Friday, January 02, 2009

Mission to Poznan

At the United Nations Framework Convention on Climate Change meeting in Poznan Stakeholder Forum with the CSD Education Caucus held a side event. This was on the missing 5th Building Block: the need for a fifth working group on education for sustainability – otherwise know as the human dimension. The side event was chaired by Pam Puntenney one of the co-chairs of the Caucus speakers included Bremley Lyngdoh Co-chair of the Education Caucus, Felix Dodds from Stakeholder Forum and Falk Schmidt from United Nations University.

P.J. Puntenney, Environmental and Human System Management, described the development of a sustainable society as a learning processand stressed the importance of good governance, as well as the links between climate change, biodiversity loss, poverty and the financial crisis, where the amelioration in one area may worsen the situation in another. She also stressed that since the late 1990s, climate change scientists have been saying that solutions which worked in the past will not necessarily work in the future, and that the human dimension of climate change mustbe integrated into the strategic policy framework of the UNFCCC.

Felix Dodds, Stakeholder Forum for a Sustainable Future, stressed theneed to move the human dimensions’ agenda for building well-prepared societies to the center stage of the 2012 framework. He expressed concern regarding the lack of proper stakeholder involvement in the climate change process, such as in the work of the Subsidiary Body on Implementation and the Ad hoc Working Group on Long Term Cooperative Action. He proposed the creation of an informal government support groupto prepare a set of detailed recommendations for Copenhagen, to be circulated to all governments.

Bremley Lyngdoh, Worldview Impact, stressed the link between poverty and the environment and the need to test the policies proposed at the international level to see how they work for people at the local level. He also emphasized that the principle of “eco-effectiveness” should prevailover “eco-efficiency,” as the latter would not necessarily prevent pollution. He advocated the localization of environmental curricula, and stressed the crucial role of youth and the engagement of local people in attaining sustainability.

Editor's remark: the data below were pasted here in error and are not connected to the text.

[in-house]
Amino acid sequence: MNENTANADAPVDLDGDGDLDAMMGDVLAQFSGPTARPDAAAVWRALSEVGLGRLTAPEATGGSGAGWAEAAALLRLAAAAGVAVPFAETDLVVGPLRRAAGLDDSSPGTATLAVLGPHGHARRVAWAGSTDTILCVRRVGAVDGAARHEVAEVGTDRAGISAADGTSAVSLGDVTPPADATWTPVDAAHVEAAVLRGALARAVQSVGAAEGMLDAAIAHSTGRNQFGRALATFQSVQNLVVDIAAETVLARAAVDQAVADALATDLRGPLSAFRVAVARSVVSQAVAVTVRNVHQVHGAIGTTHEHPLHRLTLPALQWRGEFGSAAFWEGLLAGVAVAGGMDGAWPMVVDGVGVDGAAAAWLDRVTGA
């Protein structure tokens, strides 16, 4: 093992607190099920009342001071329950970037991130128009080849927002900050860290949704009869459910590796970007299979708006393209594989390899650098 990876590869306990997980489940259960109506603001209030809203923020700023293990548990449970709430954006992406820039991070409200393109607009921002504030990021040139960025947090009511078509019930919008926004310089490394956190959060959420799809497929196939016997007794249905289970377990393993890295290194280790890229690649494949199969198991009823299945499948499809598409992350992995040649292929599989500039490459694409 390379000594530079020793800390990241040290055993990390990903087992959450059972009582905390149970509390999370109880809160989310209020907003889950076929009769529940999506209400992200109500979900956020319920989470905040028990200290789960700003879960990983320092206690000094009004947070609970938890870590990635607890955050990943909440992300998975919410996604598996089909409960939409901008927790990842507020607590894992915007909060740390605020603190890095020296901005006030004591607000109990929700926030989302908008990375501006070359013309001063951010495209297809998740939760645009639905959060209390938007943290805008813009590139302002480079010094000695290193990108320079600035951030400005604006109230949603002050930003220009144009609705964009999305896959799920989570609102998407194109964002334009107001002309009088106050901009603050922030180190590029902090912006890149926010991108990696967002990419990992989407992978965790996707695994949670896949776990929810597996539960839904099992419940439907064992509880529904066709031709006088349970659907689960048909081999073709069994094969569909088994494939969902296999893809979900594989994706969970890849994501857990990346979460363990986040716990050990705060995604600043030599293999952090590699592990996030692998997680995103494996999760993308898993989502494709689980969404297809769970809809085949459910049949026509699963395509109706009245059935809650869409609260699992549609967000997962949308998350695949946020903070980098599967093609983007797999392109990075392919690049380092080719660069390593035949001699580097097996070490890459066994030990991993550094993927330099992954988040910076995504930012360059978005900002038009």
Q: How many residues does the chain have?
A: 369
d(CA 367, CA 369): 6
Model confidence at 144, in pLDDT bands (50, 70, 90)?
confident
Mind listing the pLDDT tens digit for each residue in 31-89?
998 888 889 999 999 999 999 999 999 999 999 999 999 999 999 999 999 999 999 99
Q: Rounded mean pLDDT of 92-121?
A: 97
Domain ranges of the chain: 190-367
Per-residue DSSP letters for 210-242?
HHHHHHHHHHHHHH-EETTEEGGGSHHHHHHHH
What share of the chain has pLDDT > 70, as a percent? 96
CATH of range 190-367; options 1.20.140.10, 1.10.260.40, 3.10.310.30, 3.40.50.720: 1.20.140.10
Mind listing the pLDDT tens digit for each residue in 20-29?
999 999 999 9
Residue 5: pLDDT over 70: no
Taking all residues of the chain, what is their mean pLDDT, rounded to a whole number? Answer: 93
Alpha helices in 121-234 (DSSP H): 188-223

John Takang, UNU-International Human Dimension Programme, described his research, which focuses on the human dimension of global change, namely how humans influence their environment and the resultant impacts of altered environments on human life. He stressed the importance ofresearch to identify the kind of education that is necessary for realizing sustainability and the institutions that are required to cope with global change.

Participants discussed: education and awareness as a fundament building block of sustainable development; the links between poverty, security and the environment; eco-effectiveness principles; and the absence ofresearch on the linkages between climate change and public health.

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